Facebook convenes privacy 'crisis' meeting

What are they planning?


Facebook has called a general meeting on privacy amid widespread user discontent over a succession of privacy-eroding changes by the social network.

The "all hands meeting" of Facebook staffers is due to take place at 4pm PDT on Thursday. It follows a critically panned attempt by Elliot Schrage, Facebook’s vice president for public policy, to justify its privacy stance in an online Q&A with readers of the New York Times earlier this week.

The unofficial allfacebook.com blog speculates that the meeting may result in the social network taking an opt-in approach to features that potentially expose users' private details, photos and opinions more widely. A temporary suspension of the recently introduced “Instant Personalization” service that involves the sharing of profile details with selected third-party websites is also a possibility.

Controlling individual privacy settings on Facebook has become an arcane process over recent weeks, as this visualisation of the 150+ privacy options the site offers by the NYT illustrates.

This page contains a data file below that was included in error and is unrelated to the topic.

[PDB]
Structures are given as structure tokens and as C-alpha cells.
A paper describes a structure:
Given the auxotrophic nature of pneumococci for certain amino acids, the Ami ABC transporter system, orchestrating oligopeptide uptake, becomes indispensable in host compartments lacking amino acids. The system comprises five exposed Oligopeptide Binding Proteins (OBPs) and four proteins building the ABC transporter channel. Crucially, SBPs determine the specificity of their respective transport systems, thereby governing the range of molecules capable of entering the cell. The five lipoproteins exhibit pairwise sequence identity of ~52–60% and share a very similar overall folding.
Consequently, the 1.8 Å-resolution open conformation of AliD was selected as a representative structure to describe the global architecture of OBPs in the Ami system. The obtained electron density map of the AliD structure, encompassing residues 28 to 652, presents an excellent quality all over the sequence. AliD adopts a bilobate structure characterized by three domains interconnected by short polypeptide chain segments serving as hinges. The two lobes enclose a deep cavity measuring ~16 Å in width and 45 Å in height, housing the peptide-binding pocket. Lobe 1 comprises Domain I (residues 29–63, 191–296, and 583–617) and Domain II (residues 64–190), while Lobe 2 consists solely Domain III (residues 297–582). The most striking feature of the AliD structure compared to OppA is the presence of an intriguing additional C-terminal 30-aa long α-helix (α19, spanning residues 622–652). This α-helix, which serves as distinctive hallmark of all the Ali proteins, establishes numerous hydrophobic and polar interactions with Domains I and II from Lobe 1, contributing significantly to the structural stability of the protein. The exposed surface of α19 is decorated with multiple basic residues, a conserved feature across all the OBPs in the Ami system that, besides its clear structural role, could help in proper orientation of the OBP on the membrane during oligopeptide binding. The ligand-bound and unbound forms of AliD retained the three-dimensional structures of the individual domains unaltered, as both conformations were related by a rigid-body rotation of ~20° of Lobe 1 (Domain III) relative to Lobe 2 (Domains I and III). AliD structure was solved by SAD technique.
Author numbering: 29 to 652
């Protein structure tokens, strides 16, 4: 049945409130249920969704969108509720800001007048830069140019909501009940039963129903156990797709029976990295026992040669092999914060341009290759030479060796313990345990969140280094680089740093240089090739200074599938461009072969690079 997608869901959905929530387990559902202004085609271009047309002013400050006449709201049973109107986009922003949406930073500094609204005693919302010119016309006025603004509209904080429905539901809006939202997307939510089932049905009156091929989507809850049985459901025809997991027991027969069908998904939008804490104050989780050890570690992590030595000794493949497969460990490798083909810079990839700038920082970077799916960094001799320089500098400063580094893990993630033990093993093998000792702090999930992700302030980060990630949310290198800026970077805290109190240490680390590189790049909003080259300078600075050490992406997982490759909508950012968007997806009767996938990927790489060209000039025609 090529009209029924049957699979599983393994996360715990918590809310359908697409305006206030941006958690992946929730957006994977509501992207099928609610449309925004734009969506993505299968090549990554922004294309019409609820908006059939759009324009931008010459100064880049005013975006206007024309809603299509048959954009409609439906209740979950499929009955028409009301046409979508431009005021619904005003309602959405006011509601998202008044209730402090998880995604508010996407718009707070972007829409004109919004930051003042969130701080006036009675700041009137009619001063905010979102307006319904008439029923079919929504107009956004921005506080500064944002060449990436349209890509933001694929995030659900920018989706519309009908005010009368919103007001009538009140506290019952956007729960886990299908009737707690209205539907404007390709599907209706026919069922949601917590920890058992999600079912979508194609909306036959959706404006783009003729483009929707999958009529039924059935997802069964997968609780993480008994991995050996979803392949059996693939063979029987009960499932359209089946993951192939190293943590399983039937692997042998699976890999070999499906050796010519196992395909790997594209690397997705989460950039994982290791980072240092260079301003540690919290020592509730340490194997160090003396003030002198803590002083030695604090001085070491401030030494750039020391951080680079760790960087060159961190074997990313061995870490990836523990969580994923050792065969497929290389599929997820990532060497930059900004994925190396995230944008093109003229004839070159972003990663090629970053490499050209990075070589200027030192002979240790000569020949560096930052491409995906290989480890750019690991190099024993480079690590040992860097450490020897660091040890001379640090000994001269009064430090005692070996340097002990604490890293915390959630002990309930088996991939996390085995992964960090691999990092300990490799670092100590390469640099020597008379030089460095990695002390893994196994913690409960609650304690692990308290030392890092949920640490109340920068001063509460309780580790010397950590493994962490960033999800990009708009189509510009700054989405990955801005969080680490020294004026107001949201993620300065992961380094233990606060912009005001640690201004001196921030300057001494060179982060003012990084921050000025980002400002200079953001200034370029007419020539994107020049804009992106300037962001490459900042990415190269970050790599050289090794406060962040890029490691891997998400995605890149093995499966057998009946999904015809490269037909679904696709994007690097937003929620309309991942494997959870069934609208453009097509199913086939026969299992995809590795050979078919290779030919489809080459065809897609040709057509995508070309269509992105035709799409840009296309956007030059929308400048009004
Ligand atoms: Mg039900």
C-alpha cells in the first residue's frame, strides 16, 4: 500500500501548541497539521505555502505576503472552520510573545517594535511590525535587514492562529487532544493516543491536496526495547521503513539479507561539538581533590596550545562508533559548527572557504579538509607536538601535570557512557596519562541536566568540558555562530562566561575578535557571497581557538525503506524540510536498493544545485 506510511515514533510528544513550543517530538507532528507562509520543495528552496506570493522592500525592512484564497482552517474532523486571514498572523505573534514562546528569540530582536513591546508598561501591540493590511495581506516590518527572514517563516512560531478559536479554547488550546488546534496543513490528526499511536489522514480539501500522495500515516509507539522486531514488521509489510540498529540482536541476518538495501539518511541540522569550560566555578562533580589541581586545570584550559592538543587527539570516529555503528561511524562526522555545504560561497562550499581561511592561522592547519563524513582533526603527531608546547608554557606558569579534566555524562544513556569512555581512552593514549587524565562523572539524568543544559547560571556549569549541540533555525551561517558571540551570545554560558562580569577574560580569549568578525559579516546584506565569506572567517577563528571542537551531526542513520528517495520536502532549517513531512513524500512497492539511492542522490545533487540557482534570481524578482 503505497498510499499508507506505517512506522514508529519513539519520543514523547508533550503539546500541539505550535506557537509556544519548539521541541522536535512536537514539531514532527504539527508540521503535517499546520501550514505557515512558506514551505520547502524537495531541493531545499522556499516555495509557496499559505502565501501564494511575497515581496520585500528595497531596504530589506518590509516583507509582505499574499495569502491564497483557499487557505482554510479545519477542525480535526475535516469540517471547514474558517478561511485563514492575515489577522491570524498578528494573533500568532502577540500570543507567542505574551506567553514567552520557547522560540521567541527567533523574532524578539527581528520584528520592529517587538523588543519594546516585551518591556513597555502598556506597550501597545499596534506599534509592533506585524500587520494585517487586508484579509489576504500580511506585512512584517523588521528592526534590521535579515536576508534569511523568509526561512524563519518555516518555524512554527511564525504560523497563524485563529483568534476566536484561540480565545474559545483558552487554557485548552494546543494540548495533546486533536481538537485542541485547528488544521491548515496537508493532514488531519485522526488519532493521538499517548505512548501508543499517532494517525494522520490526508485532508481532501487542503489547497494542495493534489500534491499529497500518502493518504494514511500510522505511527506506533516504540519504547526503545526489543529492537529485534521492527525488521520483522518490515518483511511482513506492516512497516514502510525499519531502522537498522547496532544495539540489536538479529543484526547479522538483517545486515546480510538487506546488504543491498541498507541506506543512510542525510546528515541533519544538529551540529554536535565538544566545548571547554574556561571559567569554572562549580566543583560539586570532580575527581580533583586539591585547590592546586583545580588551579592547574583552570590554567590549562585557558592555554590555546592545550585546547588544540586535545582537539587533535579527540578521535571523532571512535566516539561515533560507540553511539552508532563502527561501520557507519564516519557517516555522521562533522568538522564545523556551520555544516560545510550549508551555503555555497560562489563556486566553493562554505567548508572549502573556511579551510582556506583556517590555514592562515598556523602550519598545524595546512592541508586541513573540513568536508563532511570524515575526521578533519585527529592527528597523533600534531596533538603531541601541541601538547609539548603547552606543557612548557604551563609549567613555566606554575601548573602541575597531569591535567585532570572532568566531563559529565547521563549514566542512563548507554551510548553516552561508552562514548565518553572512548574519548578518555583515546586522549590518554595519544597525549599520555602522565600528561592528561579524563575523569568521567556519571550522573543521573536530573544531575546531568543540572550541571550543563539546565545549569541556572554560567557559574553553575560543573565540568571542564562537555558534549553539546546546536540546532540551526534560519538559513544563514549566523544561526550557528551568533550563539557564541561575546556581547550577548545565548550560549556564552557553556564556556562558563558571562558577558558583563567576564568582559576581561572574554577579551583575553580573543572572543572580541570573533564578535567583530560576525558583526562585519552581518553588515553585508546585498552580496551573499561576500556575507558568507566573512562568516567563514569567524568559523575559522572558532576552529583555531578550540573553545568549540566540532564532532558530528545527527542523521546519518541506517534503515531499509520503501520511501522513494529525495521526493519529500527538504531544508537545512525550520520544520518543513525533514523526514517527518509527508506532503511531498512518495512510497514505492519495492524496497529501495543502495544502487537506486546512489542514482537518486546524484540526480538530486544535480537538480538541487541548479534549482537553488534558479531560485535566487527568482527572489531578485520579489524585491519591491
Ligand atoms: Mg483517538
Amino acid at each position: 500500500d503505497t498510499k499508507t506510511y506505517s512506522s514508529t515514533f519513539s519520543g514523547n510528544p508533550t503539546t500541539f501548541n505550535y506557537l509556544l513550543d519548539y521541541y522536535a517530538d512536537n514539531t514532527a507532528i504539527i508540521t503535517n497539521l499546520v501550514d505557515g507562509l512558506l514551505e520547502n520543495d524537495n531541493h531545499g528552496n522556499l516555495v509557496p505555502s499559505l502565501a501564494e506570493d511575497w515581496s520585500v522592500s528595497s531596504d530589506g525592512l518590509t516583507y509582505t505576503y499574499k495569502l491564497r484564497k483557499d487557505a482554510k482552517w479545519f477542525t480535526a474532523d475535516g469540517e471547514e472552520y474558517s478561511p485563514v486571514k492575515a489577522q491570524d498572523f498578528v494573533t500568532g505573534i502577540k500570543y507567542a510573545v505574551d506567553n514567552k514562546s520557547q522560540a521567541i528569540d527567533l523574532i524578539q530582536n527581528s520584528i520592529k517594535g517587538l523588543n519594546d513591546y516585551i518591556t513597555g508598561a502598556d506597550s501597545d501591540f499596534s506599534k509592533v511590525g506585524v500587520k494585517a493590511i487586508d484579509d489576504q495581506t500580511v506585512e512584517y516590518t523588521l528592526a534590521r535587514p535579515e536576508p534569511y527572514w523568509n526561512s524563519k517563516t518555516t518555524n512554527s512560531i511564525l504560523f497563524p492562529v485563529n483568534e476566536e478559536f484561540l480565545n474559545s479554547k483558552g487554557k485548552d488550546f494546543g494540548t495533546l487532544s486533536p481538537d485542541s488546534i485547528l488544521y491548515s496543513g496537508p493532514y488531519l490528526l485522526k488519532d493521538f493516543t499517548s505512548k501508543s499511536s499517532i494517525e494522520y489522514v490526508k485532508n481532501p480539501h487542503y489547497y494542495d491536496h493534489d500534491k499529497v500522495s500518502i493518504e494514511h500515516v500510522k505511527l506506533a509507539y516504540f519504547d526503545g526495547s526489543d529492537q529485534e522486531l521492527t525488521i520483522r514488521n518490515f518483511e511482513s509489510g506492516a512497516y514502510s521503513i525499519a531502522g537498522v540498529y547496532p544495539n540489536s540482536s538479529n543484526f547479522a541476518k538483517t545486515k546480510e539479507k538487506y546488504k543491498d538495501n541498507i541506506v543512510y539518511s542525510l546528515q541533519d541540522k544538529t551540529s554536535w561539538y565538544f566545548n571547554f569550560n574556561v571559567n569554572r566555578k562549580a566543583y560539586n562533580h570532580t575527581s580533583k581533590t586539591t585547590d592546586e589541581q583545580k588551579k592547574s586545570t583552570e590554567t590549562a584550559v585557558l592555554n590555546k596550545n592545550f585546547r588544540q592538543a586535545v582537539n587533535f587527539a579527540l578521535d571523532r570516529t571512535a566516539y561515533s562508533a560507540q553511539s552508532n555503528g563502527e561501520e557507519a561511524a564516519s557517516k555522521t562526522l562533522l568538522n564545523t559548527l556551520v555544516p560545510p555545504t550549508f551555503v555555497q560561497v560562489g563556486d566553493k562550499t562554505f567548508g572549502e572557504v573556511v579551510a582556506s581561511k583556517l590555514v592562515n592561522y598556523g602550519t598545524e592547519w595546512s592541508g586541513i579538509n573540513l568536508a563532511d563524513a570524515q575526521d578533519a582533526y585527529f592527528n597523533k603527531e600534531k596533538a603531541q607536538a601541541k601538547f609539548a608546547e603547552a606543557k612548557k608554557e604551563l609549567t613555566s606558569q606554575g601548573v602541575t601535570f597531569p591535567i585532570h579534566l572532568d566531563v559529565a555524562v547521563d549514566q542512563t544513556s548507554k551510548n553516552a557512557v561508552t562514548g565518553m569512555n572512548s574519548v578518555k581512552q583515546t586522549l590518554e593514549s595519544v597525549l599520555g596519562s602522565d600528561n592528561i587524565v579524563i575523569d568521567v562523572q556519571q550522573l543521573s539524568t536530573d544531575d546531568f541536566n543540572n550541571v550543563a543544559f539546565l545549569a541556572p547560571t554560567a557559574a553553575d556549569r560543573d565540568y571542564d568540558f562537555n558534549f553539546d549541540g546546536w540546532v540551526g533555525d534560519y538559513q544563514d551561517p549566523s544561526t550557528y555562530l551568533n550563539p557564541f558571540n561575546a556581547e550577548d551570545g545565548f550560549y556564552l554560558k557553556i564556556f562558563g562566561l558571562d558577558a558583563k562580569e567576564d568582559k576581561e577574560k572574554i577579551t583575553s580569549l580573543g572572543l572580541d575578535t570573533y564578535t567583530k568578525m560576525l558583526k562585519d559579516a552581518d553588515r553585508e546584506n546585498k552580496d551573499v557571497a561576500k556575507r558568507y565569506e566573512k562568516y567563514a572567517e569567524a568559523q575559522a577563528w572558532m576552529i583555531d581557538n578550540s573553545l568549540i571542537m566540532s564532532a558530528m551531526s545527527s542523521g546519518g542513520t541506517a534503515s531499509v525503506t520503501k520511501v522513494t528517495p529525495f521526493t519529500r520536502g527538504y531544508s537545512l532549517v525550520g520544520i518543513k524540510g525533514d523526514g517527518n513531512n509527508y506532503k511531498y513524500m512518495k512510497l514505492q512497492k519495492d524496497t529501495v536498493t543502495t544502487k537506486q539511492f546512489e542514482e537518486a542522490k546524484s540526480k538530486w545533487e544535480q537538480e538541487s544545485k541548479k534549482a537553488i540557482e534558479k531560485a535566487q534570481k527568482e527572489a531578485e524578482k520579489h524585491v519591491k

A timeline of Facebook's eroding privacy policy can be found in an article by the Electronic Fronier Foundation (EFF) here. The digital liberties group is highly critical of the long trend towards less privacy charted by the social network.

"Facebook originally earned its core base of users by offering them simple and powerful controls over their personal information," EFF writes. "As Facebook grew larger and became more important, it could have chosen to maintain or improve those controls. Instead, it's slowly but surely helped itself — and its advertising and business partners — to more and more of its users' information, while limiting the users' options to control their own information.

EFF has published advice on how to opt-out of Facebook's instant personalisation. Stung by Facebook's continuous lurches towards sharing more information with partners a growing group of users have begun deleting their profiles, a development that presumably prompted Facebook to convene a privacy pow-wow. ®


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